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Loop Back Problem

 
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seeker_123



Joined: 26 Sep 2013
Posts: 8

PostPosted: Mon Oct 14, 2013 2:37 am    Post subject: Loop Back Problem Reply with quote

Iam writing a Testbench for MAC module ,in that iam trying to connect the tx_gmii (input method of MAC) to rx_gmii(value method of MAC) both are of same MAC module and of same type i.e. Tuple3(Bit#(8),Bool,Bool) ,

I tried three different ways separately
code:
1. mkConnection(mac.tx_gmii,mac_rx_gmii);
2. rule gmii_connect;
let x = mac.tx_gmii;
mac.rx_gmii(x);
endrule
3. rule gmii_connect;
txOut<=mac.tx_gmii; // txOut is reg
mac.rx_gmii(txOut);
endrule

Error for 2nd case:


Error: "src_BSV_m/Testbench.bsv", line 114, column 8: (G0004)
Rule `RL_gmii_connect' uses methods that conflict in parallel:
mac.rx_gmii({mac.tx_gmii_fst, mac.tx_gmii_snd_fst, mac.tx_gmii_snd_snd})
and
mac.tx_gmii_fst()
Error: "src_BSV_m/Testbench.bsv", line 114, column 8: (G0004)
Rule `RL_gmii_connect' uses methods that conflict in parallel:
mac.rx_gmii({mac.tx_gmii_fst, mac.tx_gmii_snd_fst, mac.tx_gmii_snd_snd})
and
mac.tx_gmii_snd_fst()
Error: "src_BSV_m/Testbench.bsv", line 114, column 8: (G0004)
Rule `RL_gmii_connect' uses methods that conflict in parallel:
mac.rx_gmii({mac.tx_gmii_fst, mac.tx_gmii_snd_fst, mac.tx_gmii_snd_snd})
and
mac.tx_gmii_snd_snd()
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quark
Site Admin


Joined: 02 Nov 2007
Posts: 496

PostPosted: Wed Oct 23, 2013 4:56 pm    Post subject: Re: Loop Back Problem Reply with quote

The error message is saying that the methods "tx_gmii" and "rx_gmii" cannot be called together in the same rule. (There is some complication in the names, though, because the parts of Tuple types are -- for historic reasons -- expanded into separate methods. You can avoid this by defining your own struct in place of using Tuple3, if you prefer.)

The BSC compiler analyzes the definitions for the module's methods to determine whether they use common state. This analysis is used to determine the scheduling relationships between the methods, which are recorded alongside the synthesized module. When a design instantiates and uses this module, BSC will check that the uses obey the scheduling constraints. In this case, BSC has found that a single rule (gmii_connect) is trying to call both methods, but the scheduling analysis has determined that this is not allowed.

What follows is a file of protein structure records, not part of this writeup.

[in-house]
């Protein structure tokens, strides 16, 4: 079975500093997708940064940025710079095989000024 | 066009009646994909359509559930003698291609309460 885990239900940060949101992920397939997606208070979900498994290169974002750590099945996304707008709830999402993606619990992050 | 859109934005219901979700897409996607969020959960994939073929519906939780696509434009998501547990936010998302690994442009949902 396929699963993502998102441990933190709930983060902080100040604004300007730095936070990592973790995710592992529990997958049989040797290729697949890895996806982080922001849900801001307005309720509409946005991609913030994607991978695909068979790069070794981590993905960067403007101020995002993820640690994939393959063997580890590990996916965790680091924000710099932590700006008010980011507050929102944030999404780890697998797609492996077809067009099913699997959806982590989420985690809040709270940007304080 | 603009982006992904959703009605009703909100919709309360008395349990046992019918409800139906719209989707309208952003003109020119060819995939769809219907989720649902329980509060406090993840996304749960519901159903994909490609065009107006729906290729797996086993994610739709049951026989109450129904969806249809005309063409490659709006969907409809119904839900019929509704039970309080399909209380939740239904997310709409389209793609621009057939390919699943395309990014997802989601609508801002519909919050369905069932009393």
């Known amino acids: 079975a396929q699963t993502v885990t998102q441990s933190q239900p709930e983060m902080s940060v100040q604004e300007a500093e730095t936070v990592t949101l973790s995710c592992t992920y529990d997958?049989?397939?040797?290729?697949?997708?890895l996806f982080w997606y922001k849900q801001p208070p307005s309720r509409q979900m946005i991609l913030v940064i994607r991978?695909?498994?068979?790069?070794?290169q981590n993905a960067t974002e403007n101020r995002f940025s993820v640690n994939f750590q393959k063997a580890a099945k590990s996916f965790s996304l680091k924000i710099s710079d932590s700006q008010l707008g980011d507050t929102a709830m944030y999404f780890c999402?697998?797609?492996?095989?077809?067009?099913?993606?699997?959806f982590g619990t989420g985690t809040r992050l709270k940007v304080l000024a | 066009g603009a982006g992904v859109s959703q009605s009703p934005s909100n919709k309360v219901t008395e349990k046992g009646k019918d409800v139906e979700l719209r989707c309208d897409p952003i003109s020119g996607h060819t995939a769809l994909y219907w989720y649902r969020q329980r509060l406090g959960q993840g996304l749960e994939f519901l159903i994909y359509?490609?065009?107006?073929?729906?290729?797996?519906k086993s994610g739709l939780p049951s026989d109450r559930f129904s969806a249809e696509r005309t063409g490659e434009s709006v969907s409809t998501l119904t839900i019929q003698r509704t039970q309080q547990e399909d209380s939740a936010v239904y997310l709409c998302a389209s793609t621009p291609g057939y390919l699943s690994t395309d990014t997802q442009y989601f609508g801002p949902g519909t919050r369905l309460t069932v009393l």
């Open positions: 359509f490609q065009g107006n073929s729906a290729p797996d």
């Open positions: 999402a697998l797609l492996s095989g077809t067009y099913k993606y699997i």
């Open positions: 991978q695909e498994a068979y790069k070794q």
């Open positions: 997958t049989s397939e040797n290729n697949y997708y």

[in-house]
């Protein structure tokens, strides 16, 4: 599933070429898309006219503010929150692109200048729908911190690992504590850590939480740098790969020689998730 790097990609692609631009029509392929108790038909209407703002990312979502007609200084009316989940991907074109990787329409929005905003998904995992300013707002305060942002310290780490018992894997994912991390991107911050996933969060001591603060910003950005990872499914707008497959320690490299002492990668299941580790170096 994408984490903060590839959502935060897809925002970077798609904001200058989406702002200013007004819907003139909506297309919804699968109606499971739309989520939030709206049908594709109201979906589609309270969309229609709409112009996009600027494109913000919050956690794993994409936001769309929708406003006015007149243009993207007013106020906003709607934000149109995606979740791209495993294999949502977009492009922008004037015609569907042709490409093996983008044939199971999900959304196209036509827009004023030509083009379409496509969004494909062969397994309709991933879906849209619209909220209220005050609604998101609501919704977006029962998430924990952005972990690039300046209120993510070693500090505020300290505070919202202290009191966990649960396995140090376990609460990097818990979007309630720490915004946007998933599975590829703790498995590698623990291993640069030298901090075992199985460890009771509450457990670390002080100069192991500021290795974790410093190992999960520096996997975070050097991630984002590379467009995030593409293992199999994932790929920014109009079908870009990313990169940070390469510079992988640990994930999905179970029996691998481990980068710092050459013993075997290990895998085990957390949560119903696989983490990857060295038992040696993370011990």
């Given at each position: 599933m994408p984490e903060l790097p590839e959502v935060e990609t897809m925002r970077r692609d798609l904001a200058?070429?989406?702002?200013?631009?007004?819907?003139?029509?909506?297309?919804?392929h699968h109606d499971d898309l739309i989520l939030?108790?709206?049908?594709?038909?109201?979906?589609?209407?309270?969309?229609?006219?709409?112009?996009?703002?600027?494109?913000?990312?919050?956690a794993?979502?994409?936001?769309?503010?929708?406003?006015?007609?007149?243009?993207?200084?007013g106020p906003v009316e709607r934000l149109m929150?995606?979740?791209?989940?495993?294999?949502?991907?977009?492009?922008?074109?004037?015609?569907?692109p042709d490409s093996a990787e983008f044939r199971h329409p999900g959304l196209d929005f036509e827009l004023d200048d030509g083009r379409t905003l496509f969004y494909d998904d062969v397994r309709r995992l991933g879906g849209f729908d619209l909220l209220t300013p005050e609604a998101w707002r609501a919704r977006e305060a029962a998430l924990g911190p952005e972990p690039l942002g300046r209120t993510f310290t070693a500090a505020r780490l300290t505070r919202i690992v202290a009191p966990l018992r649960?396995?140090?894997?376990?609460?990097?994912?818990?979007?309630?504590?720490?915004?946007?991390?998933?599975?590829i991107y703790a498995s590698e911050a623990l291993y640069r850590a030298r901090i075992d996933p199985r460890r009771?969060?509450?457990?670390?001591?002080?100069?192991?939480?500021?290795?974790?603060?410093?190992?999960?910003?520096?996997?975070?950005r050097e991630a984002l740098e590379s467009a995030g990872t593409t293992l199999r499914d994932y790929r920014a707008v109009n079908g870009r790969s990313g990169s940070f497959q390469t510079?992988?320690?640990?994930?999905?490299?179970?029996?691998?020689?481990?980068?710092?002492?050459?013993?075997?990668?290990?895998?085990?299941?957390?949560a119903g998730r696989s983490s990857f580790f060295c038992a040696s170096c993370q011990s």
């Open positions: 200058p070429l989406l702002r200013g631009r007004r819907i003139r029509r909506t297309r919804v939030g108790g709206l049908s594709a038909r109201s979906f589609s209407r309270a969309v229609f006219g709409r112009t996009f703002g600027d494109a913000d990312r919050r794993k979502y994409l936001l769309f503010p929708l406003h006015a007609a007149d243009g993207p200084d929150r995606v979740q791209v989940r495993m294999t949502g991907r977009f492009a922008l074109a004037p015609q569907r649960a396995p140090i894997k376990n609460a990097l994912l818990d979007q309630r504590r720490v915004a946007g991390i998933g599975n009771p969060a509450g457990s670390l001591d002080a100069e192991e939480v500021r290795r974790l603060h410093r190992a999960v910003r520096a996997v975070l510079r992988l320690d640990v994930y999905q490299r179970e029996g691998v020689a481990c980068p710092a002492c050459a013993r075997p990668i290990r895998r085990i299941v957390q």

Or is the MAC a Verilog module that has been imported with the import-BVI syntax? In that case, the import block has specified the requirements with "schedule" statements. Perhaps you need to change the schedule statement to give a different relationship?

Given this we have two options: (1) Change the module so that the methods don't conflict, or (2) change the testbench so that it respects the scheduling restrictions.

To do #2, try this:
Code:
FIFO#(Tuple3#(Bit#(8),Bool,Bool)) f <- mkFIFO;

rule gmii_out;
   f.enq(mac.tx_gmii);
endrule

rule gmii_in;
   max.rx_gmii(f.first());
   f.deq();
endrule

You can also do this with a register instead of a FIFO, however you'll have to initialize the register with some initial dummy value. If possible, I would prefer that the output value be an ActionValue method; with a value method, you risk the value being lost if it is not read on every clock cycle, but with an ActionValue method, the taking of the value is acknowledged. With an ActionValue method, I would certainly use a FIFO. With a value method that needs to be read on every clock cycle, then a register would be OK, but just be aware that the whole thing is fragile (which can be OK when interfacing to external IP).

Anyway, the point is that the read and the write have been moved to separate rules. This alleviates the scheduling problem.

The alternative is #1, to change the module so that the methods can be used in a single rule. As I said, if the module is imported, then you can just change the import block. If the module is written in BSV, then we need to understand why BSC has concluded that calls in the same rule are not allowed.

To understand why it is not allowed, we have to look at the module. If I looked at the BSV code for the MAC module, then maybe I could see why. But the BSC compiler and the Bluespec Workstation GUI both have tools for displaying the scheduling analysis. So you can also use those tools find out why. For more information, look in the BSC User Guide. Section 5.4, "Analyzing the schedule", explains how to view scheduling relationships in the Workstation GUI. Section 7.14, "Understanding the schedule", explains some of the command-line flags for dumping this same information. I recommend using the GUI because it is easier to view and doesn't require recompiling the design. For understanding scheduling, I recommend reading the appropriate sections of the "BSV By Example" document (available as a book or as a PDF file in the Bluespec release).
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